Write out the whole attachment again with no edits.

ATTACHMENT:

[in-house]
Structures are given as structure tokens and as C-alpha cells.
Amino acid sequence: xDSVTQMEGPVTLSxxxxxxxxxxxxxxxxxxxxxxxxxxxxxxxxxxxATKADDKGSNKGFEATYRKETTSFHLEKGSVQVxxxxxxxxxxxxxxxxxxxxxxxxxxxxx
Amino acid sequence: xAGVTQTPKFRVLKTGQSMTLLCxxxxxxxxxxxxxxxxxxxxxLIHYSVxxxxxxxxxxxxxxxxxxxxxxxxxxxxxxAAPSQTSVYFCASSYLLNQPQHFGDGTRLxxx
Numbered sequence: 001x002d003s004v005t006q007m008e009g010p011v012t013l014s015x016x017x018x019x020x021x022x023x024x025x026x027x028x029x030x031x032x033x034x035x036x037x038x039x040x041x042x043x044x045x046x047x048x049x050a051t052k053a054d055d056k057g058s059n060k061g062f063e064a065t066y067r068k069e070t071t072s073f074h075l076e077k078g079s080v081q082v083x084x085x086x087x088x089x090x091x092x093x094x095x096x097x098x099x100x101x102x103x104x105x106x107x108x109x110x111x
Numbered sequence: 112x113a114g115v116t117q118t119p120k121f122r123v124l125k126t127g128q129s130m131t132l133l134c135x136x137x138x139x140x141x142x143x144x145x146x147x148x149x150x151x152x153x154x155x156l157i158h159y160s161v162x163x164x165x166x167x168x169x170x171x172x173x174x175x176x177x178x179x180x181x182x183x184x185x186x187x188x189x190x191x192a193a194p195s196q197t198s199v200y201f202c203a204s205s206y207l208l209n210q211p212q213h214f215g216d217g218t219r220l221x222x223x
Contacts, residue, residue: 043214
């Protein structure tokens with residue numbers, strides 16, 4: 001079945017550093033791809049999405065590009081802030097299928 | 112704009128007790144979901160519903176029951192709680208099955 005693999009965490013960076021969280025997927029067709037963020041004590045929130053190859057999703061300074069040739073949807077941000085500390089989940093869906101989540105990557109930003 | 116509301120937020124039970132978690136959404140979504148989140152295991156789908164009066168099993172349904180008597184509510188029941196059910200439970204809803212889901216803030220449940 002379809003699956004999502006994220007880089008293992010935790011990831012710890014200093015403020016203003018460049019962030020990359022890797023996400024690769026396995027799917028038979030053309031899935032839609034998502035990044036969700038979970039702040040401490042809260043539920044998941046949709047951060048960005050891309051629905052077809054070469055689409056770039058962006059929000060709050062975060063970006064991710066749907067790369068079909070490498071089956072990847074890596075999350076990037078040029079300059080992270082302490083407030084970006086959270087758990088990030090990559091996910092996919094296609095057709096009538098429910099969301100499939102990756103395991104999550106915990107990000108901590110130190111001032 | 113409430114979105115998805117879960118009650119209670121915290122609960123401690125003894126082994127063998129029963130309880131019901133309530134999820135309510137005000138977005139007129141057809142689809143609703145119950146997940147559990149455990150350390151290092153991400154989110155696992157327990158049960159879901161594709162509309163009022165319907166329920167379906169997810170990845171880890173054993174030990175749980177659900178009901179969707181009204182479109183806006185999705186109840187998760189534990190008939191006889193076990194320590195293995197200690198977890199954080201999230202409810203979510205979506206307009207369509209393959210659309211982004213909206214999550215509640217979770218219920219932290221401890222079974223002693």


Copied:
[in-house]
Structures are given as structure tokens and as C-alpha cells.
Amino acid sequence: xDSVTQMEGPVTLSxxxxxxxxxxxxxxxxxxxxxxxxxxxxxxxxxxxATKADDKGSNKGFEATYRKETTSFHLEKGSVQVxxxxxxxxxxxxxxxxxxxxxxxxxxxxx
Amino acid sequence: xAGVTQTPKFRVLKTGQSMTLLCxxxxxxxxxxxxxxxxxxxxxLIHYSVxxxxxxxxxxxxxxxxxxxxxxxxxxxxxxAAPSQTSVYFCASSYLLNQPQHFGDGTRLxxx
Numbered sequence: 001x002d003s004v005t006q007m008e009g010p011v012t013l014s015x016x017x018x019x020x021x022x023x024x025x026x027x028x029x030x031x032x033x034x035x036x037x038x039x040x041x042x043x044x045x046x047x048x049x050a051t052k053a054d055d056k057g058s059n060k061g062f063e064a065t066y067r068k069e070t071t072s073f074h075l076e077k078g079s080v081q082v083x084x085x086x087x088x089x090x091x092x093x094x095x096x097x098x099x100x101x102x103x104x105x106x107x108x109x110x111x
Numbered sequence: 112x113a114g115v116t117q118t119p120k121f122r123v124l125k126t127g128q129s130m131t132l133l134c135x136x137x138x139x140x141x142x143x144x145x146x147x148x149x150x151x152x153x154x155x156l157i158h159y160s161v162x163x164x165x166x167x168x169x170x171x172x173x174x175x176x177x178x179x180x181x182x183x184x185x186x187x188x189x190x191x192a193a194p195s196q197t198s199v200y201f202c203a204s205s206y207l208l209n210q211p212q213h214f215g216d217g218t219r220l221x222x223x
Contacts, residue, residue: 043214
């Protein structure tokens with residue numbers, strides 16, 4: 001079945017550093033791809049999405065590009081802030097299928 | 112704009128007790144979901160519903176029951192709680208099955 005693999009965490013960076021969280025997927029067709037963020041004590045929130053190859057999703061300074069040739073949807077941000085500390089989940093869906101989540105990557109930003 | 116509301120937020124039970132978690136959404140979504148989140152295991156789908164009066168099993172349904180008597184509510188029941196059910200439970204809803212889901216803030220449940 002379809003699956004999502006994220007880089008293992010935790011990831012710890014200093015403020016203003018460049019962030020990359022890797023996400024690769026396995027799917028038979030053309031899935032839609034998502035990044036969700038979970039702040040401490042809260043539920044998941046949709047951060048960005050891309051629905052077809054070469055689409056770039058962006059929000060709050062975060063970006064991710066749907067790369068079909070490498071089956072990847074890596075999350076990037078040029079300059080992270082302490083407030084970006086959270087758990088990030090990559091996910092996919094296609095057709096009538098429910099969301100499939102990756103395991104999550106915990107990000108901590110130190111001032 | 113409430114979105115998805117879960118009650119209670121915290122609960123401690125003894126082994127063998129029963130309880131019901133309530134999820135309510137005000138977005139007129141057809142689809143609703145119950146997940147559990149455990150350390151290092153991400154989110155696992157327990158049960159879901161594709162509309163009022165319907166329920167379906169997810170990845171880890173054993174030990175749980177659900178009901179969707181009204182479109183806006185999705186109840187998760189534990190008939191006889193076990194320590195293995197200690198977890199954080201999230202409810203979510205979506206307009207369509209393959210659309211982004213909206214999550215509640217979770218219920219932290221401890222079974223002693």